'Relatively easy to develop'
Researchers have demonstrated that its very easy to develop a rootkit for Google’s Android OS, which can 'clickjack' users into launching malicious apps...
A research team at North Carolina State University have identified an aspect of Android 4.0.4 (Ice Cream Sandwich) and earlier versions that 'clickjacking rootkits' could exploit.
They've demonstrated a prototype rootkit for Android that can “clickjack” users into launching malicious apps when they think they’re executing legitimate ones.
Seems that the rootkit was not too difficult to develop, and that no existing mobile security software was able to detect it.The rootkit, developed by a team led by NC State computer science professor Xuxian Jiang, founder of the Android Malware Genome Project, can be installed without rebooting the phone or otherwise alerting the phone’s owner. Jiang had previously demonstrated the vulnerability when he and fellow researchers showed that permission “leaks” in standard application configurations from major Android handset vendors could let untrusted applications take over many of the features of the operating system.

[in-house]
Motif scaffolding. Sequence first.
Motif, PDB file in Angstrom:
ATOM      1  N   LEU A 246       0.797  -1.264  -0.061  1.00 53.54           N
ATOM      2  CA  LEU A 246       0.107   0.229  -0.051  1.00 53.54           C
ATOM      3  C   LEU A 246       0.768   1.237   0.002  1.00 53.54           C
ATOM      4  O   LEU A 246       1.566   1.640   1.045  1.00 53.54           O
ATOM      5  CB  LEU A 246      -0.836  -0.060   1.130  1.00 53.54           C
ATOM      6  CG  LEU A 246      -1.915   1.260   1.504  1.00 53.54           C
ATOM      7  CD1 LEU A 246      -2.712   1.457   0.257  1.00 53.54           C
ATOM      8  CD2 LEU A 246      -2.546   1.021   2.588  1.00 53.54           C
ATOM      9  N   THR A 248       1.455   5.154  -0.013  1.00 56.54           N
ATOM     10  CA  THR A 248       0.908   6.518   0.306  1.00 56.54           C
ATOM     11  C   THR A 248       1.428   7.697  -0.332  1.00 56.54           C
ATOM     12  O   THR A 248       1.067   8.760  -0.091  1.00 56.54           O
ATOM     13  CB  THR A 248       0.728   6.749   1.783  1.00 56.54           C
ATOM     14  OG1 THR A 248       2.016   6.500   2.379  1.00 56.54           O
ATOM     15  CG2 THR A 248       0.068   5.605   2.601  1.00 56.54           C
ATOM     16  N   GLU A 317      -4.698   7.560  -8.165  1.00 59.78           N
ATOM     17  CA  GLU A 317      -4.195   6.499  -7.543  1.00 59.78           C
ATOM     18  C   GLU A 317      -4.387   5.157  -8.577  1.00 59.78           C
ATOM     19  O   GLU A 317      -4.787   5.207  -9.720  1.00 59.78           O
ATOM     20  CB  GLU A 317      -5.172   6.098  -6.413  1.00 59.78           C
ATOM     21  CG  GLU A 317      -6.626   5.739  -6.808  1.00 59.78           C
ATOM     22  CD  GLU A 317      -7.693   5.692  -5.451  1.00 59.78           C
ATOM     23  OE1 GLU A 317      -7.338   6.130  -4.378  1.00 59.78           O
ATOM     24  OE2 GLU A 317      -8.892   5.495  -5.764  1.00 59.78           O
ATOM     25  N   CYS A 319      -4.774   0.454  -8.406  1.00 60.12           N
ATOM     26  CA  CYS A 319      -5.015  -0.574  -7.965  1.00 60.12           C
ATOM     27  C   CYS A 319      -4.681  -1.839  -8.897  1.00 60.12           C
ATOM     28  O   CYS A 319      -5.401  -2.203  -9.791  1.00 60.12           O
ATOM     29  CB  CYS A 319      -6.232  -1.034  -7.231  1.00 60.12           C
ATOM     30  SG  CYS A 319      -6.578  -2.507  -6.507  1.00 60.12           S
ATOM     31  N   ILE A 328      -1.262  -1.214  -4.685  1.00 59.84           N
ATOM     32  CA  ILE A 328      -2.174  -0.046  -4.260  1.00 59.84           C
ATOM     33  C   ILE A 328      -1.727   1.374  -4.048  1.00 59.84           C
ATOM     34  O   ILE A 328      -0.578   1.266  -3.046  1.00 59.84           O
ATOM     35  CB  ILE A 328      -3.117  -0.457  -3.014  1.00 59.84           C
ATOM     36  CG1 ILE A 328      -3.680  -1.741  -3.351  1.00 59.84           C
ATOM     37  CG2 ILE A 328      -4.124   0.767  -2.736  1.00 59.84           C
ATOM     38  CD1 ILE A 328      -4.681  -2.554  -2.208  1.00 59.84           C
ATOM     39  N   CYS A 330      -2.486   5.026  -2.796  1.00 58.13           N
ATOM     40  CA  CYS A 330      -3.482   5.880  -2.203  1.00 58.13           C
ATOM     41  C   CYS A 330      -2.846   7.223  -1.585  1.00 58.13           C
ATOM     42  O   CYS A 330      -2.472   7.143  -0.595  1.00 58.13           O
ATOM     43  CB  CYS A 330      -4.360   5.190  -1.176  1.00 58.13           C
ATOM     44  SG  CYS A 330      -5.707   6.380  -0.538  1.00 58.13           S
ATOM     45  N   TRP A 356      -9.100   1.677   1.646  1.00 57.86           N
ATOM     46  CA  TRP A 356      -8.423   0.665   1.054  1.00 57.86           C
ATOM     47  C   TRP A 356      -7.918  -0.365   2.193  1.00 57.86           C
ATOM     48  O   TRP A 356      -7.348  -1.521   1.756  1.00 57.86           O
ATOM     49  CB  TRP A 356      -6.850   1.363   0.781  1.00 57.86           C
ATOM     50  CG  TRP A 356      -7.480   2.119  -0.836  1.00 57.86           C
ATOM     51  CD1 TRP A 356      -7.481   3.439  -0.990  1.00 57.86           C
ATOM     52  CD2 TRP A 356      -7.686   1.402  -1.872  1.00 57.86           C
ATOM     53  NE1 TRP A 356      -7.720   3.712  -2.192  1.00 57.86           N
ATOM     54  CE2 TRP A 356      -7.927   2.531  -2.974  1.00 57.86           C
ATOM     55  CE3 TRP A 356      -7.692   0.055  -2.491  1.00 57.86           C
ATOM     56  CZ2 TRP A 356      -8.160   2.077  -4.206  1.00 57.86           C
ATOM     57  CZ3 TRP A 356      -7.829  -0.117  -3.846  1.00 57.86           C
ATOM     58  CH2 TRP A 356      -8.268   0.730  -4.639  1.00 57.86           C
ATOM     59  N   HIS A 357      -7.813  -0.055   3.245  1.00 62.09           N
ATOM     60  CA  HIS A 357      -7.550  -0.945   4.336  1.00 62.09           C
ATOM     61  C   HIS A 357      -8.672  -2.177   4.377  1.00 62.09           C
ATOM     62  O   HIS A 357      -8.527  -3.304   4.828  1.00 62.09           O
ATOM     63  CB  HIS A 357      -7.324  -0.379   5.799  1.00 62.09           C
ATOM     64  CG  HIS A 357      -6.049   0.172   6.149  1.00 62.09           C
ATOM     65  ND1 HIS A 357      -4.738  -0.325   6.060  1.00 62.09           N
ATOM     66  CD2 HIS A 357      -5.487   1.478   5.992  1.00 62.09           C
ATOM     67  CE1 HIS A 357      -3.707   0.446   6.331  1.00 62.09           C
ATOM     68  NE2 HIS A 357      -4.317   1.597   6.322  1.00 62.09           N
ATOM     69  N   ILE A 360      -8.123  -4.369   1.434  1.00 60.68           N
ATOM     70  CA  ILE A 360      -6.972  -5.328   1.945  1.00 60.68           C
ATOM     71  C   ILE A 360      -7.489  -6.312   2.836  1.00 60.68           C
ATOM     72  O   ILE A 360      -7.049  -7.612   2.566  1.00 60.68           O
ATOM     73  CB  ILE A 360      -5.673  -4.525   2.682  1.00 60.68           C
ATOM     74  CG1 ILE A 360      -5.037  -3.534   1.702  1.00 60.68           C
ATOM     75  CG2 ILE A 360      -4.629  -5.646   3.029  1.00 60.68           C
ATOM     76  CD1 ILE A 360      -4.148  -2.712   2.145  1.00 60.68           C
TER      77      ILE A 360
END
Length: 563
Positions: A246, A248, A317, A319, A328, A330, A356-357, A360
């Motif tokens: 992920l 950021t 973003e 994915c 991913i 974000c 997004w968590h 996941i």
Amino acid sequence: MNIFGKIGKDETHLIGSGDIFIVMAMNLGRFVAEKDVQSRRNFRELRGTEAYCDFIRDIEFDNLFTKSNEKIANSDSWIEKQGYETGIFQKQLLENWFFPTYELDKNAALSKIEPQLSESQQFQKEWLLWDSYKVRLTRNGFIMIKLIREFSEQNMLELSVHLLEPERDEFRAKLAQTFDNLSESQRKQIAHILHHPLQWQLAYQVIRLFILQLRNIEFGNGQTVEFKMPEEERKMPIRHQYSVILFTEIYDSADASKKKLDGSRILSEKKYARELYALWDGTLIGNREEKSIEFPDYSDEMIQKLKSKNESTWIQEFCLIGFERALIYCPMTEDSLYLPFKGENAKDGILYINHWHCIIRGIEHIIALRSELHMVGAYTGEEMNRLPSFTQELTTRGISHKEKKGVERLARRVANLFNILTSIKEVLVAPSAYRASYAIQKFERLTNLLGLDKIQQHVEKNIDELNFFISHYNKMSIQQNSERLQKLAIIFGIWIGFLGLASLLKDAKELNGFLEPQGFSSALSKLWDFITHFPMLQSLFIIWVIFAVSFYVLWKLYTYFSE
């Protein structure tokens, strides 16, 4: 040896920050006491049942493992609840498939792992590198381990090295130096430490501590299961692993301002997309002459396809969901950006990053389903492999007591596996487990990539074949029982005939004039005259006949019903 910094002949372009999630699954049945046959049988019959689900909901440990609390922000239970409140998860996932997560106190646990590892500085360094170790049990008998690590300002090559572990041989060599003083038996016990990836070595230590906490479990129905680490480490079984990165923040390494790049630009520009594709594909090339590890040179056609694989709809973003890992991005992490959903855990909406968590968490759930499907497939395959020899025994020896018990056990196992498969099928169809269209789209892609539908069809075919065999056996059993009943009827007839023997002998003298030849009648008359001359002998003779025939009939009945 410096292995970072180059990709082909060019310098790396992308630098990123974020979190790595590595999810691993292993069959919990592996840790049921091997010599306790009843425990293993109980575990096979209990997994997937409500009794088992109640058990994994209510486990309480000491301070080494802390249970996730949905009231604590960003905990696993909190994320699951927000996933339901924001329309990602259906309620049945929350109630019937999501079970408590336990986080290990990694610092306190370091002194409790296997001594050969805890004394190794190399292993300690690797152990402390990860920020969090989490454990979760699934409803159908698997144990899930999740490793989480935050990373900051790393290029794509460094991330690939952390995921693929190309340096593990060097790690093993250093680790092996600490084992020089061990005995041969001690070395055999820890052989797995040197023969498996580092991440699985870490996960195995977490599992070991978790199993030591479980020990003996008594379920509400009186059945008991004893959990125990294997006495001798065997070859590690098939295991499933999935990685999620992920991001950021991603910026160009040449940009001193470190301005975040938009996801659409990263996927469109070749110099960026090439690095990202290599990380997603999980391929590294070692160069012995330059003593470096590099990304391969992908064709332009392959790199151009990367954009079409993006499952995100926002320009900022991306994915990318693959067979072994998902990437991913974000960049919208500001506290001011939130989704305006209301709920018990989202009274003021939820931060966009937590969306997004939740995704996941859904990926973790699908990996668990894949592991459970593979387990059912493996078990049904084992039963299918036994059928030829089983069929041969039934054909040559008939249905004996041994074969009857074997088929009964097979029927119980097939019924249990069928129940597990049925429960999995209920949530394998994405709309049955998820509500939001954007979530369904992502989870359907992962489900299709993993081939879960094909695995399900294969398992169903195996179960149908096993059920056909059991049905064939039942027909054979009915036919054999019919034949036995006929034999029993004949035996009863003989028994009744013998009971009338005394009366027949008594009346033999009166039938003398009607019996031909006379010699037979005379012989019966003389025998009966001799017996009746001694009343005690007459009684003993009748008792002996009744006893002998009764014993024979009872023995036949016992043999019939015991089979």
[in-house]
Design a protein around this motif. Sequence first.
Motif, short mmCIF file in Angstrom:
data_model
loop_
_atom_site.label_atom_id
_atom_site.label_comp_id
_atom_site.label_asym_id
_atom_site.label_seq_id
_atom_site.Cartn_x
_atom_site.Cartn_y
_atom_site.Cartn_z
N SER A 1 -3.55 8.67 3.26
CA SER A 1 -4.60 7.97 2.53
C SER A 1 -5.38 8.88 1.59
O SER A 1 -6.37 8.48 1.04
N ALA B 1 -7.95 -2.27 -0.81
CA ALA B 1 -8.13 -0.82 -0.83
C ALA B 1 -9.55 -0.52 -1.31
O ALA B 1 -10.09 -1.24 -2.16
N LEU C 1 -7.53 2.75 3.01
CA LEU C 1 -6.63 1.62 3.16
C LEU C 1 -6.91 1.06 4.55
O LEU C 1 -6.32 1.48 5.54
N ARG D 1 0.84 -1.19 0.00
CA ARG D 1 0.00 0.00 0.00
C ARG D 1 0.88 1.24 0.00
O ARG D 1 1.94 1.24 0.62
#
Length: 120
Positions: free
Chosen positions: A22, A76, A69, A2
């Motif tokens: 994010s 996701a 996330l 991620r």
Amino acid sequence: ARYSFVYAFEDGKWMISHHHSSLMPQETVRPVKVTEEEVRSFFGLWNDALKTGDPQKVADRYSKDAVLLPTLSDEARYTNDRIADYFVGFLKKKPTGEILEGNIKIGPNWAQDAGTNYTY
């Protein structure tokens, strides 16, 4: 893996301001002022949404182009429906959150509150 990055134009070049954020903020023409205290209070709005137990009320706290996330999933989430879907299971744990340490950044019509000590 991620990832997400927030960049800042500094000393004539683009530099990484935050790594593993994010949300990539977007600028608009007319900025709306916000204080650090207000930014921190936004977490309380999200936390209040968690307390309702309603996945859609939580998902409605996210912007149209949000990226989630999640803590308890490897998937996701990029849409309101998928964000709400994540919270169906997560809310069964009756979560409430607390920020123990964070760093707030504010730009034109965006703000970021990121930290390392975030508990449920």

Jiang said the rootkit is undetectable by current mobile security software. It could be delivered to a phone concealed within an infected application downloaded by a user from an app store, and take control of the phone without any further input from the user.
Once installed, the rootkit can hide apps on an Android device, and redirect launches of visible applications to “hidden” apps.
Let's hope so. The team is working on the Android Malware Genome Project, so this could help Google, Security Software companies and Developers to do something before its too late...“But there is good news. Now that we’ve identified the problem, we can begin working on ways to protect against attacks like these.”
Take a look at the rootkit demonstration by watching the video below!
NEWS SOURCE #1: WMS Jiang clickjack (via) NCSU
NEWS SOURCE #2: Researchers create clickjack rootkit for Android that hijacks apps (via) ArsTechnica
Our thanks to 'Gauss' for this news item!